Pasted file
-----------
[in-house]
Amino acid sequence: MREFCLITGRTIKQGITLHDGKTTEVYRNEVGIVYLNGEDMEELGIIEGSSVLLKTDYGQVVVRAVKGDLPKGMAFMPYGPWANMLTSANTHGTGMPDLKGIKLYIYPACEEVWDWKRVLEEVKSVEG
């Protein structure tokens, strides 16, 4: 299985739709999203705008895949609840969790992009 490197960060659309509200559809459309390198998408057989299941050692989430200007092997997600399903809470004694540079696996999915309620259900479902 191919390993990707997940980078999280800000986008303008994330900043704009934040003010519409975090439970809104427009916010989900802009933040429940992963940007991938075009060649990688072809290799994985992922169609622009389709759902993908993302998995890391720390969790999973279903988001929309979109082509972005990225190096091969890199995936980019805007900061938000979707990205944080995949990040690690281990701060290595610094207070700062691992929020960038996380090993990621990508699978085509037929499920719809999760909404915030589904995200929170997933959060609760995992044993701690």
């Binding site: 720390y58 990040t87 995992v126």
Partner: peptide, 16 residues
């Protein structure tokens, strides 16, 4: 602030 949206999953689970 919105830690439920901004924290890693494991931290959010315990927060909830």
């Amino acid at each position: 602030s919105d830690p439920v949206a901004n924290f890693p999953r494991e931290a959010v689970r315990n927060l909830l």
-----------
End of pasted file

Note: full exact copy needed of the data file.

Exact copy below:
[in-house]
Amino acid sequence: MREFCLITGRTIKQGITLHDGKTTEVYRNEVGIVYLNGEDMEELGIIEGSSVLLKTDYGQVVVRAVKGDLPKGMAFMPYGPWANMLTSANTHGTGMPDLKGIKLYIYPACEEVWDWKRVLEEVKSVEG
């Protein structure tokens, strides 16, 4: 299985739709999203705008895949609840969790992009 490197960060659309509200559809459309390198998408057989299941050692989430200007092997997600399903809470004694540079696996999915309620259900479902 191919390993990707997940980078999280800000986008303008994330900043704009934040003010519409975090439970809104427009916010989900802009933040429940992963940007991938075009060649990688072809290799994985992922169609622009389709759902993908993302998995890391720390969790999973279903988001929309979109082509972005990225190096091969890199995936980019805007900061938000979707990205944080995949990040690690281990701060290595610094207070700062691992929020960038996380090993990621990508699978085509037929499920719809999760909404915030589904995200929170997933959060609760995992044993701690």
């Binding site: 720390y58 990040t87 995992v126």
Partner: peptide, 16 residues
């Protein structure tokens, strides 16, 4: 602030 949206999953689970 919105830690439920901004924290890693494991931290959010315990927060909830």
């Amino acid at each position: 602030s919105d830690p439920v949206a901004n924290f890693p999953r494991e931290a959010v689970r315990n927060l909830l």